Flybe pilot’s artificial arm detaches and he loses control of aircraftBack to Forum
Anonymous14 Aug 2014
I just read this story & am shocked.
It is one thing being an equal opportunity employer. This unfortunate incident reflects poorly on the concern for passenger safety, from both the CAA’s perspective and Flybe.14 Aug 2014
Not really that bothered. I fly Flybe most weeks, indeed I am later today from SOU to Manchester. Perfectly possible the same one armed pilot will be the skipper on that flight and I have every confidence that the flight will be perfectly safe.
I think like any airline accident or incident, the airline business and regulators learn from it and put things in place to mitigate the issue, Flybe and the pilot seem to have done just that. It would seem the AAIB are happy with that, so I am too.
Edit, I must confess, it does seem rather a 1st April type story. Oh and TominScotland, you answered your own question.14 Aug 2014
I’m flying FlyBe tomorrow. It does not scare me, but it makes me question the depth of thought & care provided by the CAA & the airlines. It’s a bit late ‘after an event’.14 Aug 2014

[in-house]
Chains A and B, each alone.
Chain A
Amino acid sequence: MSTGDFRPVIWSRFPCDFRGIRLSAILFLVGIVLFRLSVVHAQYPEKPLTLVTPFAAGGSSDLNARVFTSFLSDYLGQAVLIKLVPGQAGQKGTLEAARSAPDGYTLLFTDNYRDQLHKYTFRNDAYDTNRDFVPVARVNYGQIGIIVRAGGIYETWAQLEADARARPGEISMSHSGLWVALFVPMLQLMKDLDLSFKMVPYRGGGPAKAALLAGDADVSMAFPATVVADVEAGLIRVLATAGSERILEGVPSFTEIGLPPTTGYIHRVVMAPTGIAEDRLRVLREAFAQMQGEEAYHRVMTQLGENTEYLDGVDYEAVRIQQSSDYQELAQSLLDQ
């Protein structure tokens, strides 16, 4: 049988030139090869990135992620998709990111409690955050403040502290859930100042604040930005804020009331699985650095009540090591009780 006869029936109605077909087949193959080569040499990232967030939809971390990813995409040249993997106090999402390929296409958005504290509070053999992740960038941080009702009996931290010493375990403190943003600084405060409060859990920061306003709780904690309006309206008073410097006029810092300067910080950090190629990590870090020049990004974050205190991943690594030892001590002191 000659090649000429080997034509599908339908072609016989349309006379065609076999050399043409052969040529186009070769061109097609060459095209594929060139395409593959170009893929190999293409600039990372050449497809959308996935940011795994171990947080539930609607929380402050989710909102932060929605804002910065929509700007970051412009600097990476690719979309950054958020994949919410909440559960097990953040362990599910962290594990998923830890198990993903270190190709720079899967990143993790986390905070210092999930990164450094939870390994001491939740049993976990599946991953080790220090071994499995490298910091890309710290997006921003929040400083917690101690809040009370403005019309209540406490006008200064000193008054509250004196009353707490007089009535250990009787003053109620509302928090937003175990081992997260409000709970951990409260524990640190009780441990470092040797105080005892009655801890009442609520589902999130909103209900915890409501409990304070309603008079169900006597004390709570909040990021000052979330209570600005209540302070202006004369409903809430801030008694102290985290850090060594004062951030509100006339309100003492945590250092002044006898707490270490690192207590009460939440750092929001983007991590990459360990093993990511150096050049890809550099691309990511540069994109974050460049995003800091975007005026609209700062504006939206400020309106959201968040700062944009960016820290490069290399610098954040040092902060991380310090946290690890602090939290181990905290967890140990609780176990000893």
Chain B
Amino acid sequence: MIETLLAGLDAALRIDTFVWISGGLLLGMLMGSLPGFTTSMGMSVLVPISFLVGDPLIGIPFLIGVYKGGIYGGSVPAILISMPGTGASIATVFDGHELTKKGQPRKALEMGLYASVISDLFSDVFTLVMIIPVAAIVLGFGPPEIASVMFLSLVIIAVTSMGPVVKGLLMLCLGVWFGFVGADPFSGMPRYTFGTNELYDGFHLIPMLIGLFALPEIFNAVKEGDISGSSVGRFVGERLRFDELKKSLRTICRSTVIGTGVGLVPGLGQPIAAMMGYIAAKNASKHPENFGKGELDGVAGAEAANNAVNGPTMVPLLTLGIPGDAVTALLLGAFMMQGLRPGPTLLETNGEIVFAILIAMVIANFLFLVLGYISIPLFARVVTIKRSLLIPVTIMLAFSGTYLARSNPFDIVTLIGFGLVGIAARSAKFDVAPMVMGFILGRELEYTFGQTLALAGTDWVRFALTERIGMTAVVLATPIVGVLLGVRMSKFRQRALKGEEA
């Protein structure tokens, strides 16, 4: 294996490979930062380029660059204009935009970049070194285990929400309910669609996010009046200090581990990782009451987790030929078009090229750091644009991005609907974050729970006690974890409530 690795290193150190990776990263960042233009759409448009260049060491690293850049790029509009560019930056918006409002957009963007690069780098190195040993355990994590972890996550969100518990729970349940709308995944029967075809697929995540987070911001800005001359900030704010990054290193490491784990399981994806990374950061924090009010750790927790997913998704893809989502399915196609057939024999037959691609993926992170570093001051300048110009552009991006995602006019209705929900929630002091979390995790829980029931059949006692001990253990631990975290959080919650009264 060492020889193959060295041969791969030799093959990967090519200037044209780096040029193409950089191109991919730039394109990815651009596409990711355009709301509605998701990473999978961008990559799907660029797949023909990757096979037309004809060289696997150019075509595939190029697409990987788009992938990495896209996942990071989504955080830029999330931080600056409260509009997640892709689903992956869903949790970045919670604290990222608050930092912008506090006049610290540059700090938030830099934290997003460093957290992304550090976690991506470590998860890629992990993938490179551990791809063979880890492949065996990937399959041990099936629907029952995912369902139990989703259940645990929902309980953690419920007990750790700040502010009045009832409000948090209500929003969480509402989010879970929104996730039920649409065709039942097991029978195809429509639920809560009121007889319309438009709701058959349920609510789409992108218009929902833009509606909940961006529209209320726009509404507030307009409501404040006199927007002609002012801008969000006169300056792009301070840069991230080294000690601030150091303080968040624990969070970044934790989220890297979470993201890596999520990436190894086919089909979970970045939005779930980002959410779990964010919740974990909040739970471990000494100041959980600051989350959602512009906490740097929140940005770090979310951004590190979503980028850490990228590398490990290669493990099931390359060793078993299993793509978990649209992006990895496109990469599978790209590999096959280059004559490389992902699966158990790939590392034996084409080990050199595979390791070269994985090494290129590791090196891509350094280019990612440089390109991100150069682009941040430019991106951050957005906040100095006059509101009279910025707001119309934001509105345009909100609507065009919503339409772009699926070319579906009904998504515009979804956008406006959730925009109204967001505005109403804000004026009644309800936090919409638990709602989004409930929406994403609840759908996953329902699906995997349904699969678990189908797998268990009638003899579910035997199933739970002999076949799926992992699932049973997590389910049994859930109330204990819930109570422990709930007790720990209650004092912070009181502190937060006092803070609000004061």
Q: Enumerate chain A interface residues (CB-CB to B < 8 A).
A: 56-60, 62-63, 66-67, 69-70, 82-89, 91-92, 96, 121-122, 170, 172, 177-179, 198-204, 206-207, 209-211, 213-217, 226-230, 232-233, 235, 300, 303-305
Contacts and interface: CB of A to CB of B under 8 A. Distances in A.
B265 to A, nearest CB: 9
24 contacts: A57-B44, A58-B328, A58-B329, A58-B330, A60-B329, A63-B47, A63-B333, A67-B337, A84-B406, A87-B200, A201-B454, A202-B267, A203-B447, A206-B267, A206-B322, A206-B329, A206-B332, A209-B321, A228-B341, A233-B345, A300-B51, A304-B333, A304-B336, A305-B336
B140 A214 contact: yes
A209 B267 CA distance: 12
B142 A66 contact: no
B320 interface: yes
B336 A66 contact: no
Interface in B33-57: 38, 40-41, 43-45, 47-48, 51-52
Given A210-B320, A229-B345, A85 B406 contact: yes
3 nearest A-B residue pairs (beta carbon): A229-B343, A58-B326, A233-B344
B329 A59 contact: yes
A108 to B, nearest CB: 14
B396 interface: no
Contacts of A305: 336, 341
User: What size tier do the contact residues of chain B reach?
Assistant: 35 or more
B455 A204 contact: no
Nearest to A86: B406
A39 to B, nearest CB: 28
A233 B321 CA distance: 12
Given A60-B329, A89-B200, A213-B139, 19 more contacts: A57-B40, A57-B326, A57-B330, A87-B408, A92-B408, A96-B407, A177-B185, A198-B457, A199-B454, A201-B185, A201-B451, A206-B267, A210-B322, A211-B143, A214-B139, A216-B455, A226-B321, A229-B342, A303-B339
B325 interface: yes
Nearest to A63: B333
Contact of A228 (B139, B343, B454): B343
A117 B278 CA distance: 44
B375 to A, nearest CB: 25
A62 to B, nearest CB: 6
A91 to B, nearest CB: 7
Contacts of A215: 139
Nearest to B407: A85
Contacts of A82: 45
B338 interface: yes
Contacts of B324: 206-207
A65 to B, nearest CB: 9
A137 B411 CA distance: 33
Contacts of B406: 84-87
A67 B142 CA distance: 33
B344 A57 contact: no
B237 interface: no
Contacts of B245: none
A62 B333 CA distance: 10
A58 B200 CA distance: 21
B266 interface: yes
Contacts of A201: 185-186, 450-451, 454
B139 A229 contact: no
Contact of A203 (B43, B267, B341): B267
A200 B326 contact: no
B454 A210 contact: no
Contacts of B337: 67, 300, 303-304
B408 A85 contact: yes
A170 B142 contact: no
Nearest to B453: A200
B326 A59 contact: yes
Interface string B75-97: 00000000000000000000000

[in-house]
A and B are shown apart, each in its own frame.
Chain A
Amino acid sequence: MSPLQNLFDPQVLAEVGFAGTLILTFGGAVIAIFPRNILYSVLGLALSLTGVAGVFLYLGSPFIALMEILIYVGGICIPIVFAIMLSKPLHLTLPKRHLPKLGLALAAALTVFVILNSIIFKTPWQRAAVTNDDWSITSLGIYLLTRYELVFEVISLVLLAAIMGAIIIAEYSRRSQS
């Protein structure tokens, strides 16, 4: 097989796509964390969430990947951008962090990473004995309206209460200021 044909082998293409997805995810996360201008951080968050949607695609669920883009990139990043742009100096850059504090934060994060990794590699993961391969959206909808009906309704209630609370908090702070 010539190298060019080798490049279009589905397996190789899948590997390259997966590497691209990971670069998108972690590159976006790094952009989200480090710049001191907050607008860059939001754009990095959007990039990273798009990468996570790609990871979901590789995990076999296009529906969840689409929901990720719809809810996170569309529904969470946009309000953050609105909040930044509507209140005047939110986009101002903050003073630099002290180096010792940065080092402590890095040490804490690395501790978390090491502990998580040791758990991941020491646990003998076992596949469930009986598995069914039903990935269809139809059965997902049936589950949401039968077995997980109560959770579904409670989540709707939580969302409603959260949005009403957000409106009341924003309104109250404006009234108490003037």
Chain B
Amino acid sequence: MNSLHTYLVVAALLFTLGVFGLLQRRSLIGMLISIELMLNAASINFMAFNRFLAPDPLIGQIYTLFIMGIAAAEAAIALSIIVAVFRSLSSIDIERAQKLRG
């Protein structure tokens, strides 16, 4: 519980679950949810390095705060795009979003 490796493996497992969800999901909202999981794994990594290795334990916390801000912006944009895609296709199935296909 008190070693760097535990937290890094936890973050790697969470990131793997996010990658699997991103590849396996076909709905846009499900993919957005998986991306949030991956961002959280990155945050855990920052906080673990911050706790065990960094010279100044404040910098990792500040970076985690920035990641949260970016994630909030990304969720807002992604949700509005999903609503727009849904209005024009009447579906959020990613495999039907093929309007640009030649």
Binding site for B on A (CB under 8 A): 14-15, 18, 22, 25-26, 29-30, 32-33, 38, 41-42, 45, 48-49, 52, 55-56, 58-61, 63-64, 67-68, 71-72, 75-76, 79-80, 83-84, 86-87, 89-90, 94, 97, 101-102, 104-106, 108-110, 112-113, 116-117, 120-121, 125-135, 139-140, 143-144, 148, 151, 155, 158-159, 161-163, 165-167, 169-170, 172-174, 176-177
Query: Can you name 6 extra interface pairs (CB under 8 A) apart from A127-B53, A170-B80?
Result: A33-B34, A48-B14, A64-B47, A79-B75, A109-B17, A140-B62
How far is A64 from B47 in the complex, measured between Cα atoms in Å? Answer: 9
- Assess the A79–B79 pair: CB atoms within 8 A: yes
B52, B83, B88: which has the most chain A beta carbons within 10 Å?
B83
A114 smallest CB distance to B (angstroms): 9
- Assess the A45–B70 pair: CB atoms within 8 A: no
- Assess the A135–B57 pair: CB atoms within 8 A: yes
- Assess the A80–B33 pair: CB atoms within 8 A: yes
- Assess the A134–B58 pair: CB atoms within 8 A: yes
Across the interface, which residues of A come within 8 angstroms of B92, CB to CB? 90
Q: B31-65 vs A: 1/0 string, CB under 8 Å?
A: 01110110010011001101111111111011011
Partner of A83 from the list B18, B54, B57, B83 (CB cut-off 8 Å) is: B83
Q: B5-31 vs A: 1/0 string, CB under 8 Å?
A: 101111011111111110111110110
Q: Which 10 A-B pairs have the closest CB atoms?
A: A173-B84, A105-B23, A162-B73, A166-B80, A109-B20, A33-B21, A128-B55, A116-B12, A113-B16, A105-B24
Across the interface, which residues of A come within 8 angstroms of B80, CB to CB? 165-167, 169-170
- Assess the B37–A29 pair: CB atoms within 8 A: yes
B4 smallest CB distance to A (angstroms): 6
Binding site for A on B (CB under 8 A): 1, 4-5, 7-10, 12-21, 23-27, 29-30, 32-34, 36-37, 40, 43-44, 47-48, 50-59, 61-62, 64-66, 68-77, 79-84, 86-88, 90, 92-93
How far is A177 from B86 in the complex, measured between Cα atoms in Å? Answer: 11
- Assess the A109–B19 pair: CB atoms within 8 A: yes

I don’t know the answer and certainly don’t the pilot’s history, but I wonder whether it was his right or left arm. I would imagine that a prosthesis would be more difficult to use with the throttles, needing far more sensitivity…than the yoke…..14 Aug 2014
I was a bit dumbfounded, but I’m pragmatic about it all….. I’m presuming he still has to pass all his checks to the same standard as someone with 2 arms.
And if you apply logic, missing vision aids would probably concern me more. My mate now needs to wear glasses to read charts, but his vanity has been massaged due to the introduction of the use of tablets ! : )14 Aug 2014
The thing that leaves me speechless is the fact that the UK CAA permitted this person to have a full Airline Transport Pilots Licence with this disability.
On the ground a pilot needs two fully-functioning arms and hands to control the aircraft, one for the tiller and the other for the thrust levers.
In the air, while manually handling the aircraft, particularly during cross-wind landings and take-offs, and especially on a turbo-prop, total dexterity is required with hands and arms controlling the thrust levers and control column, and feet controlling the rudder bar and toe braking, for the landing.
This pilot must have coped amazingly to demonstrate to the CAA his ability to fully, and safely, control the aircraft under all situations. Although in this instance things seem to have gone astray somewhat.
I hope that the CAA will be reviewing the situation.14 Aug 2014
I also nearly choked on my eggs benedict this morning over this. Im all for equal opportunities but this is just utterly bonkers. Surely you have to be in the peak of physical fitness to be a commercial pilot?
It was clearly silly season yesterday as there was an article on BBC about blind people in the US with gun licences which got a similar reaction from me!14 Aug 2014